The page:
Called the Rooftop of the World, the Tibetan Plateau perches high above the surrounding terrain, surpassed only by the Himalayan mountains that mark its southern border. But when and how the plateau reached its high elevation has remained unclear.
For one scientist and his team, tracing the evolution of the Tibetan Plateau now has a much-needed clue: vertebrate fossils—woolly rhinos, shovel-tusked elephants, and climbing perch, to be precise.
“Most modern vertebrate fauna of the Tibetan Plateau have long histories living in this plateau,” said Deng Tao, deputy director of the Chinese Academy of Sciences Institute of Vertebrate Paleontology and Paleoanthropology in Beijing and lead scientist on the study. What’s more, “vertebrates are very sensitive to climatic and environmental changes,” he said. Could the story of the plateau’s evolution lie in their bones?
Deng’s answer is yes. After examining fossils of animals that lived and died on the plateau over the past 34 million years, he and his team could trace when the plateau’s elevation was low enough to allow animals to migrate across it.
“The uplift of the Tibetan Plateau was an important factor of global climate change during the late Cenozoic [era],” Deng said, “and it strongly influenced the development of the Asian monsoon system.” Pinpointing the timing and speed of the plateau’s uplift will help scientists better understand the geophysical processes that shaped southern Asia’s landscape and the forces that influenced the paleoclimate in the region.
Their study, which Deng will present Thursday, 14 December, at the 2017 American Geophysical Union Fall Meeting in New Orleans, La., suggests that the region hit its last growth spurt approximately 20 million years ago. This early uplift time frame agrees well with most isotopic records.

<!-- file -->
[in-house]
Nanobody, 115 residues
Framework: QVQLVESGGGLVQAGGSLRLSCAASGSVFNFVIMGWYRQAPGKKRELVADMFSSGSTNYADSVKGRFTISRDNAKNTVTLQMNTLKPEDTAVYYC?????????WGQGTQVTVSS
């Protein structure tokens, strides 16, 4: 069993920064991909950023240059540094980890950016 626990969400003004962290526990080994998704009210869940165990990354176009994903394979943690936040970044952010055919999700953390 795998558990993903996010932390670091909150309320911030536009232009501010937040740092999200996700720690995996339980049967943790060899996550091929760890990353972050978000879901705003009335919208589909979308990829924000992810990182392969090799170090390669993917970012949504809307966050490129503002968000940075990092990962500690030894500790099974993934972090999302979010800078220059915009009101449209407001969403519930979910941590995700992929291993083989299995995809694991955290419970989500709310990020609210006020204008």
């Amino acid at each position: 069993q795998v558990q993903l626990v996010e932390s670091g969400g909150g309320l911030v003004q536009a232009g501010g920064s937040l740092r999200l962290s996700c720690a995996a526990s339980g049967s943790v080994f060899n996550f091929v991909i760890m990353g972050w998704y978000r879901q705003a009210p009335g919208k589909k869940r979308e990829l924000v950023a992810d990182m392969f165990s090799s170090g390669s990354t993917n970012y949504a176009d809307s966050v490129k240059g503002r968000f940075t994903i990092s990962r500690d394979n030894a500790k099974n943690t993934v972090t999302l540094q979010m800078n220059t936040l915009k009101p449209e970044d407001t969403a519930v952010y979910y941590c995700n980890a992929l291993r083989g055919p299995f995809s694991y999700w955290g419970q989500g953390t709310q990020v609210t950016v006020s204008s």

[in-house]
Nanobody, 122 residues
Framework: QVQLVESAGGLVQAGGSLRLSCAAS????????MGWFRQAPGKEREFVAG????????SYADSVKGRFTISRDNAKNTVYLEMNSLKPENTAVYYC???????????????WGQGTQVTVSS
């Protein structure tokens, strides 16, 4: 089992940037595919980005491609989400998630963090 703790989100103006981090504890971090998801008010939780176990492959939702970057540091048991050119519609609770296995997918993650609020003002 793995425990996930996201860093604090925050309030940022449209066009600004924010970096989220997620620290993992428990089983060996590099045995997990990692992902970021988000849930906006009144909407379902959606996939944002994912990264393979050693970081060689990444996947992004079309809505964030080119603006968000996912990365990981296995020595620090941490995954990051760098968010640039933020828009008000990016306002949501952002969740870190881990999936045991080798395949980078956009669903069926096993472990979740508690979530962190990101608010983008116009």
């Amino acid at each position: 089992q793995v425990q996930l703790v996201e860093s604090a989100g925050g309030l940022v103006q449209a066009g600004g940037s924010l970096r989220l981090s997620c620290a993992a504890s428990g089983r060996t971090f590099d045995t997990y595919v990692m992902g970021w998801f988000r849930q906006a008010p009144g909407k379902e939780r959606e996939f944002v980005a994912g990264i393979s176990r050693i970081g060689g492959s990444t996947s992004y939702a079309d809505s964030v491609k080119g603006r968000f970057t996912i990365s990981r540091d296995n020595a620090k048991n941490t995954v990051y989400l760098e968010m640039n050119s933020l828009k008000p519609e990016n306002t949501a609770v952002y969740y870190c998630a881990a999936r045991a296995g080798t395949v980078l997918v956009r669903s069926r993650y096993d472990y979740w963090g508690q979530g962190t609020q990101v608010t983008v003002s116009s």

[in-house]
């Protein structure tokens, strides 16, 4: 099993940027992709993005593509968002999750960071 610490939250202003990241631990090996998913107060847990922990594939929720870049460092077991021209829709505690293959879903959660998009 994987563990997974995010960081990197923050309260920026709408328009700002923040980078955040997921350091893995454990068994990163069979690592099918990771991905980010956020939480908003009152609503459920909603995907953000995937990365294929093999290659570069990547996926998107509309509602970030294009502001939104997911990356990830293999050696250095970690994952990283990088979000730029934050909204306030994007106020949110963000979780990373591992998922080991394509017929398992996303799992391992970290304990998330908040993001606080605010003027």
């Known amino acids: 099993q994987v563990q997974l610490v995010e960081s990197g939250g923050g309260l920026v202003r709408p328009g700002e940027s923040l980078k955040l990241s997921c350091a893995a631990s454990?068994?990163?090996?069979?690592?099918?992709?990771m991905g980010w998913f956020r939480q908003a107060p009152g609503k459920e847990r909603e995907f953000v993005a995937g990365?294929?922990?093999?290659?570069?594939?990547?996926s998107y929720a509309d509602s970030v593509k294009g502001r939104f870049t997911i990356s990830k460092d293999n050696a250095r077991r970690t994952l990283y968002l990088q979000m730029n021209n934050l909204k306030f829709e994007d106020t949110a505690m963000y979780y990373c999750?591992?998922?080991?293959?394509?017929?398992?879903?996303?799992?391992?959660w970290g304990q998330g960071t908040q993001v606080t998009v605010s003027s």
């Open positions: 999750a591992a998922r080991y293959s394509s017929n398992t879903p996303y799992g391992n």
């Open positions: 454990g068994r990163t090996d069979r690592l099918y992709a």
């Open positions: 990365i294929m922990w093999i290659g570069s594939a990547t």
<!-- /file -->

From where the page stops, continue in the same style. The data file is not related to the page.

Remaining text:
Fossils as a Window into Uplift History
The Tibetan Plateau, the youngest and highest in the world, rises approximately 5,000 meters above sea level, nearly one third of the way to the tropopause. Its height and location shape atmospheric flow and climate in the region. At present, the Tibetan Plateau supports a diverse range of ecosystems, including deserts, forests, and tundra, all adapted to its high-altitude environment.
In the same way, past fauna would have reflected past environments, the researchers figured. To test this, Deng and his team examined newly excavated as well as archived fossils of ancient fish and mammals from the plateau that date to the late Oligocene (34–23 million years ago (Ma)) through the mid-Miocene (23–5.3 Ma) and Pliocene (5.3–2.6 Ma) epochs. They analyzed fossils of rodents, fish, Tibetan woolly rhinoceroses, shovel-tusked elephants, and ancestral relatives of arctic foxes, snow leopards, and bighorn sheep.
Although previously published results by the team parse out analyses of separate species, the results on display at the 2017 Fall Meeting aggregate these studies, other research, and new fossil analysis into one comprehensive view. And what they found painted a clear picture.
During the late Oligocene, large mammals like the Tibetan woolly rhinoceros and shovel-tusked elephant roamed from northwestern China to the Indian subcontinent, Deng explained. The distribution of their fossils north and south of Tibet during the Oligocene indicates that the plateau’s elevation was low enough to allow migration across the continent. In addition, the team found fossils suggesting that lowland species like the ancestors of climbing perch likewise made their homes in Tibet during the late Oligocene.